Recording of the Week Tudor Church Music from Stile Antico
A new disc by Stile Antico is always a delight; this is a bold, relatively new vocal ensemble whose collaborative approach to music-making – eschewing a conductor, and rehearsing and performing as a collective – brings great freshness and originality to their performances of the early repertoire they specialise in. Their latest release presents just a tiny selection of the huge range of pieces restored to musical life by the Tudor Church Music project, carried out in the 1920s under the auspices of the Carnegie Trust (which celebrates its centenary this year). This initiative produced ten volumes of easy-to-use, modern editions of Tudor and Renaissance choral music, and its impact on the repertoire of church choirs in Britain would be hard to overstate – music of this period had had a very low profile before the project was undertaken, and its current popularity is in many ways due to the TCM series’s success among musicians.
Stile are known for providing a warmer, fuller choral sound than some other early music ensembles, and this disc is certainly no exception. There’s a fine line to be trodden with pieces such as Gibbons’s O clap your hands – often taken at a brisk tempo in view of its upbeat subject matter, with that first line an open invitation to a punchy, even boisterous performance. Stile’s interpretation caught me by surprise not so much for its speed, though this is indeed slower than I am used to hearing, but for its sustained legato tone. The result: a piece that can sound choppy and staccato here has an almost regal broadness to it.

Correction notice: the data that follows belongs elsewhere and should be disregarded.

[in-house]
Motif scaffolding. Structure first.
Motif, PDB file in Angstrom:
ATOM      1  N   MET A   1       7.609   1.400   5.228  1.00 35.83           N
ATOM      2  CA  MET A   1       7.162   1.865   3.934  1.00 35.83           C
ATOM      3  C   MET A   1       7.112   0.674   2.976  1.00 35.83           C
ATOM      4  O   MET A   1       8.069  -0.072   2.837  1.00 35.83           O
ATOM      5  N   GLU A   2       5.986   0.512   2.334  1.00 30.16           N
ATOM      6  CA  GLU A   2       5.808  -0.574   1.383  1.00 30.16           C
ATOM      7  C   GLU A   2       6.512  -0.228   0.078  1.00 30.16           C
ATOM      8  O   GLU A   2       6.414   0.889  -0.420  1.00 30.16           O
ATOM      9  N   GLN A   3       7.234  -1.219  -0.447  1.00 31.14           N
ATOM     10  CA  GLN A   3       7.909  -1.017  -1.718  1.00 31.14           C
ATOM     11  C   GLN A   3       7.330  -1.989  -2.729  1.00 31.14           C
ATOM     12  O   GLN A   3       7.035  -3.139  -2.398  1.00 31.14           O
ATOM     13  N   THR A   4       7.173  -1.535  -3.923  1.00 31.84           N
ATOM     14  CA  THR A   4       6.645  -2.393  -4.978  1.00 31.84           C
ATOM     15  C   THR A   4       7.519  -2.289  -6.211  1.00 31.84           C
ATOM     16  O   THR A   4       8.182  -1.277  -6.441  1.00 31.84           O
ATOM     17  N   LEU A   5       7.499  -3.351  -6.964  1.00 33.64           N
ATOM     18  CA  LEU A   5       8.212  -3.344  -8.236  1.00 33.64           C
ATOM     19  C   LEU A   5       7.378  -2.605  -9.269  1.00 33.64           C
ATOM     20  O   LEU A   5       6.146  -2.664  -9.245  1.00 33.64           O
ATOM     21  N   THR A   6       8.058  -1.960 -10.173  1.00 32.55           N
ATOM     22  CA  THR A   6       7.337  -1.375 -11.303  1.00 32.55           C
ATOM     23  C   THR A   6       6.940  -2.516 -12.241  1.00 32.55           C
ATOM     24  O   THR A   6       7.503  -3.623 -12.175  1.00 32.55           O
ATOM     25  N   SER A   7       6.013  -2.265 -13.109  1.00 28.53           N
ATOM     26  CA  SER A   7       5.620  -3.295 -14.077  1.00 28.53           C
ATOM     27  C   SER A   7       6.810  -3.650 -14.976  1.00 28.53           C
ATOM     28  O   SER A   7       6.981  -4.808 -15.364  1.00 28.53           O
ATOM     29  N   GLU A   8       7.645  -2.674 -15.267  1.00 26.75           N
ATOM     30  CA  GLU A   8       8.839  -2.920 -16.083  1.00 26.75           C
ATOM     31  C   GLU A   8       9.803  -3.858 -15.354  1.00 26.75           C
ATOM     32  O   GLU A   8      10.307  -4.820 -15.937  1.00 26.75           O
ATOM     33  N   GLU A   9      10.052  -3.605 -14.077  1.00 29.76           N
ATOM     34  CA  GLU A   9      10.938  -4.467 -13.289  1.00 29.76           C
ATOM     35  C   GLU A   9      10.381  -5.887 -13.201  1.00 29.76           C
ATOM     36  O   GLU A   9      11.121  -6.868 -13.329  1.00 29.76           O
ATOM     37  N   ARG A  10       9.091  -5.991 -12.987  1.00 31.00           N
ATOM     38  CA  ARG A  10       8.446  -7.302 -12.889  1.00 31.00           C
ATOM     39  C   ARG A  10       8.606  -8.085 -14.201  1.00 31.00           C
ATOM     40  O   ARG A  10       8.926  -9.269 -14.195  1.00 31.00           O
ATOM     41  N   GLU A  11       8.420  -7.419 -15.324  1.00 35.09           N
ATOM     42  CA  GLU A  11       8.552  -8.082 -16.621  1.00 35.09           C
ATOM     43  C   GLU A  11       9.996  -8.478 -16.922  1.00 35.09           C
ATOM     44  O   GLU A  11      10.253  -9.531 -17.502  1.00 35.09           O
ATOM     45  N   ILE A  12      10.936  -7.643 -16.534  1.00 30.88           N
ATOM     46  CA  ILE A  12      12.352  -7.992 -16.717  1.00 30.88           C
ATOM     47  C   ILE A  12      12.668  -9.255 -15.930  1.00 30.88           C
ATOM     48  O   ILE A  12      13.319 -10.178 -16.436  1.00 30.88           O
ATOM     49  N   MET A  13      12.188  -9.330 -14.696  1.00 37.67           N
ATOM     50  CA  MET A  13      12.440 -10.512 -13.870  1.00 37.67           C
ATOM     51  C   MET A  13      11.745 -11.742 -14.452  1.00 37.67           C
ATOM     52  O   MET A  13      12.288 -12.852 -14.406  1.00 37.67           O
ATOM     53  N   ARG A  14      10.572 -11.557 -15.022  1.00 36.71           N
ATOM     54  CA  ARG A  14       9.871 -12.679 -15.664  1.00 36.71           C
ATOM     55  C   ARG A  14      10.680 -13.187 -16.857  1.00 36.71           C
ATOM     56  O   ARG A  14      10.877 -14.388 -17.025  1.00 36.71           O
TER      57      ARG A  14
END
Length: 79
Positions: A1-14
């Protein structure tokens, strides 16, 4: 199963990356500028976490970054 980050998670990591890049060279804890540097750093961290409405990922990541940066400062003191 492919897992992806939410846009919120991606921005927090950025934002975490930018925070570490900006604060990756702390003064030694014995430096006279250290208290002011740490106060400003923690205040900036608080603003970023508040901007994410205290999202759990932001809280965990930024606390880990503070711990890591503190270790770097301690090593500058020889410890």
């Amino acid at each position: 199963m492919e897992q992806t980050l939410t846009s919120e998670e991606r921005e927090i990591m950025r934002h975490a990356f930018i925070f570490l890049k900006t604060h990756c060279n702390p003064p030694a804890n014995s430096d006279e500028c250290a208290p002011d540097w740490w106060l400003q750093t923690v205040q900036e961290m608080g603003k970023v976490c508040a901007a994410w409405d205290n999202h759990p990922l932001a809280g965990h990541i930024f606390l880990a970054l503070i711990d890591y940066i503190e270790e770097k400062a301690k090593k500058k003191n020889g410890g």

As well as some time-honoured staples of the Tudor repertoire (Byrd’s Ave verum Corpus makes an appearance too, alongside his five-part Mass), there are other pieces on this album that fully justify its title – the phoenix image is a good metaphor for works such as Robert White’s Portio mea, salvaged from relative obscurity by diligent scholarship and championed by those with an eye for lost gems. Portio mea is a setting of words that don’t often appear in music, a supplicatory passage from the middle of Psalm 119 which draws from White a delightfully fluid work – the effortless, ethereal but still full sound of the Stile Antico soprano section is a joy to hear, particularly in the higher passages.
For me the still, poised opening of Tallis’s In ieiunio et fletu is one of the most haunting moments in the Tudor repertoire, and Stile Antico judge perfectly the buildup from this hushed beginning towards the more agitated expressions of grief that form the meat of the work. The original version of this piece is extremely low in pitch, with the basses sent down to bottom Ds on a regular basis, so it’s common to transpose it up in modern performance, sometimes by up to a sixth. Stile have chosen to lift the pitch by just a third, which results in quite a deep and male-dominated sound. The basses and particularly baritones lend a welcome richness to certain passages – and the effect of some of the low, tightly-spaced chords towards the end of the piece is wonderful.
Stile Antico’s choice of repertoire here is well balanced between established favourites and lesser-known “phoenix” works that are rarely if ever recorded. The performances are of the exceptionally polished standard that has earned the group such a high reputation around the world; it’s a real box of treasures!
To celebrate this new release, until mid-September we’re offering 25% off not only this disc but all Stile’s other albums as well – full details available here.
Available Formats: SACD, MP3, CD Quality FLAC, Hi-Res FLAC